The emergence of the E-Cat on the world energy scene is likely to have a huge economic impact, but the nature of that impact is not easy to predict. Could a clean, abundant and cheap source of energy be anything other than positive news than the world economy? Or could the shock of such a disruptive technology on the scene upset an already fragile global economy to the point of causing turmoil and disorder?
Andrea Rossi has said that he will be selling thermal and electric energy to E-Cat customers at 10 percent of the going market rate — certainly an extremely competitive price point, and one which is likely to attract a rapid rate of adoption of the technology.
Looking the business world, there will be very few businesses that would not benefit from heat, hot water, air conditioning and power at one tenth of current costs. Energy is used in all business activity, from small offices to large factories. Companies are always looking at ways to reduce overhead costs, and utilities are usually one of the major expenditures of most businesses. A 90 per cent reduction in utility payments would make free funds to allow businesses to such things as expand operations, hire more employees, do more research and development, reduce the cost of goods and services sold, and increase corporate giving for philanthropic purposes.
If the E-Cat is adopted on a wide scale, there will have to be a new industry built to allow for the proliferation of the technology. Factories and employees will be needed to build the devices, and there will be a need for skilled workers to install and maintain the E-Cats. We know that the E-Cats need to be refueled every six months or so, so a whole new distribution and delivery system for the nickel, hydrogen and catalyst will be required. Again, this would mean a whole new area of economic activity.
What will be the E-Cat’s impact on the existing energy industry? And how will that impact affect the overall economy? Rossi has said that he expects the E-Cat to fit in with the existing energy industry — that will likely be true in the short term, because of the magnitude of the existing energy infrastructure — it’s simply not possible to replace what is currently in place in a short time. But if the E-Cat becomes the energy source of choice for say, power stations, there will certainly be an impact on the coal and natural gas industries. Coal is currently considered by many as a necessary evil — it gives us cheap electricity, but at the cost of unpopular carbon emissions. If the E-Cat were to replace coal for power production, then the mining industry and all those who rely on it for a living would be deeply affected.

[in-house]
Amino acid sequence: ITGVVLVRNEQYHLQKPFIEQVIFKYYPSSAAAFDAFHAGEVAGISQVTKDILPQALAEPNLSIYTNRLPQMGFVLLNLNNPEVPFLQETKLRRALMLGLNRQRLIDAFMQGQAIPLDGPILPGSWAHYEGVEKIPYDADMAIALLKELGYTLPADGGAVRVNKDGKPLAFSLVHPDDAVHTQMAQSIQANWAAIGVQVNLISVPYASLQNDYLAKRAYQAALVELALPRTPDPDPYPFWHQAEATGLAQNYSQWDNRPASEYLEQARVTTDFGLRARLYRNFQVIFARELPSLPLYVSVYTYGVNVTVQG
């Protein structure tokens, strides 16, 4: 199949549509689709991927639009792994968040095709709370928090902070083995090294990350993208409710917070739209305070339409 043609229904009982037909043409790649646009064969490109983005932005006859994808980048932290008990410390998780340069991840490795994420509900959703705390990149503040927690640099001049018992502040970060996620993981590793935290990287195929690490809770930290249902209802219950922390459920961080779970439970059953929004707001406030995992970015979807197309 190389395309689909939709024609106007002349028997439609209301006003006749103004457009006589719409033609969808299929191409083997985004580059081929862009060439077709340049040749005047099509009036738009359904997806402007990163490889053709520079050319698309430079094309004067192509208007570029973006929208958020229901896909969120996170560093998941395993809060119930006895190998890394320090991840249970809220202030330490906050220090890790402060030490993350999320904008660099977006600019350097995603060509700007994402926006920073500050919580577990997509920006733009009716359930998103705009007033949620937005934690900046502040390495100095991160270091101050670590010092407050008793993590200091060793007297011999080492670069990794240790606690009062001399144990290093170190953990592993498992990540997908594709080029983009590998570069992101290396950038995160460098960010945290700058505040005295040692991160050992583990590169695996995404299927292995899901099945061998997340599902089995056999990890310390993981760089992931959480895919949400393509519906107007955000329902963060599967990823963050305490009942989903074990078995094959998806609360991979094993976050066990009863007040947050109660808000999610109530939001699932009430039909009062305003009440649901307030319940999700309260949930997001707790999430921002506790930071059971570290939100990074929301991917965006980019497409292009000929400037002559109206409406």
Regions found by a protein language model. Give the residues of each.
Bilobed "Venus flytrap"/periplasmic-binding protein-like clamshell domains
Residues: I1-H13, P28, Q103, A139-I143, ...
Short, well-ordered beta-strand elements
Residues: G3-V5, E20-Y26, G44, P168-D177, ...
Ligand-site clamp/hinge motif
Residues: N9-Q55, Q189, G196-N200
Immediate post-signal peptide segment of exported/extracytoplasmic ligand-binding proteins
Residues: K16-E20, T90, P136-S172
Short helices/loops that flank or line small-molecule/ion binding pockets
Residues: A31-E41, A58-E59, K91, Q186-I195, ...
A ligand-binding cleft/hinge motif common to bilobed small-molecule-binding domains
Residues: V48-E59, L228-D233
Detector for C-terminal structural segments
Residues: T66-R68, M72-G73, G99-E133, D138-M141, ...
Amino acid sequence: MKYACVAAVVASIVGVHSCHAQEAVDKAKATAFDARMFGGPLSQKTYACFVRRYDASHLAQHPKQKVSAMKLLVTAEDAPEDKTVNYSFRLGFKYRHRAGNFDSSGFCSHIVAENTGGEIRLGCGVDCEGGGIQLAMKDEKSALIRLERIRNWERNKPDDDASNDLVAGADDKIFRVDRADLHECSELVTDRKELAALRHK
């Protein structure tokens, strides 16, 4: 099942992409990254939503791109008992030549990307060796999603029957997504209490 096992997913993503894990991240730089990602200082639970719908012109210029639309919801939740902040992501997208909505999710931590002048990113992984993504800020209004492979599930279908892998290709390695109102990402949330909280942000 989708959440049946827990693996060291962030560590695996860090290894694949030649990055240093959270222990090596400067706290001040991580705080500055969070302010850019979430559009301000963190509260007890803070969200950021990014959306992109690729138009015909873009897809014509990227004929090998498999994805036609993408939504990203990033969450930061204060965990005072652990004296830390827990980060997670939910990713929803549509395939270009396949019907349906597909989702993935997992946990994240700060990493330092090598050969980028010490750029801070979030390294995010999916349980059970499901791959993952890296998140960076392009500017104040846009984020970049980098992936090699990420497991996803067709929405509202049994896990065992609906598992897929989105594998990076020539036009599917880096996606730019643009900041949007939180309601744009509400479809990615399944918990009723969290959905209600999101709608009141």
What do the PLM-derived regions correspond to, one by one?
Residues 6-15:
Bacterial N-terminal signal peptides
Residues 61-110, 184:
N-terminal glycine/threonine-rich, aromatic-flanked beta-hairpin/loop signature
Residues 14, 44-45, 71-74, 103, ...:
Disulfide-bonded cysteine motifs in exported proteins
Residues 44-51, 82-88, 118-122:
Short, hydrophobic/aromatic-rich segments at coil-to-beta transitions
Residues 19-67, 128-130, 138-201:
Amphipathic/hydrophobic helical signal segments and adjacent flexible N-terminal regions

The oil industry could also be impacted. An early application of E-Cat technology is likely to be in commercial and home heating. It will be a much cheaper alternative to heating oil and propane (which is a partially a by-product of oil refining). Wikipedia states that heating oil accounts for about 25 per cent of the yield of a barrel of crude oil, so if the E-Cat replaced oil only in the heating sector, it would have a substantial impact on demand for oil. Andrea Rossi believe it will take a long time for the E-Cat toe be employed in automobiles, but he does see an early use for it in ships and trains, which would again have in impact on oil useage. Entire countries are heavily dependent upon oil for economic activity and government revenues. There could be fallout on the international level if the E-Cat replaces oil in any substantial amount.
The E-Cat would almost certainly be seen as a better alternative to current fission-base nuclear power. Current nuclear plants are likely to be decommissioned very rapidly if the E-Cat emerges as a viable competitor.
When any industry is affected by a disruptive technology there is inevitably an knock-on effect in the financial markets. If you look in the portfolio of any investment fund that is invested in the stock market you will almost certainly find some exposure to energy-based stocks. So there is a real possibility that the E-Cat could have a depressive effect on portions of people’s retirement and other savings accounts. It may be that other stocks do much better becaus of the E-Cat, so the overall impact might not be negative, but people who are heavily invested in the energy sector could see a loss in value or their investments.
These are just some suppositions based on what would seem to be logical deduction. It could be that my analysis is missing something important — if so, please let me know! Undoubtably, if the E-Cat is a real alternative there will be unexpected consequences, especially if the new kind of nuclear reaction leads to the development of technologies not yet forseen. It will be certainly interesting to see how things progress once the E-Cat is introduced on a commercial level — but it could be a wild ride.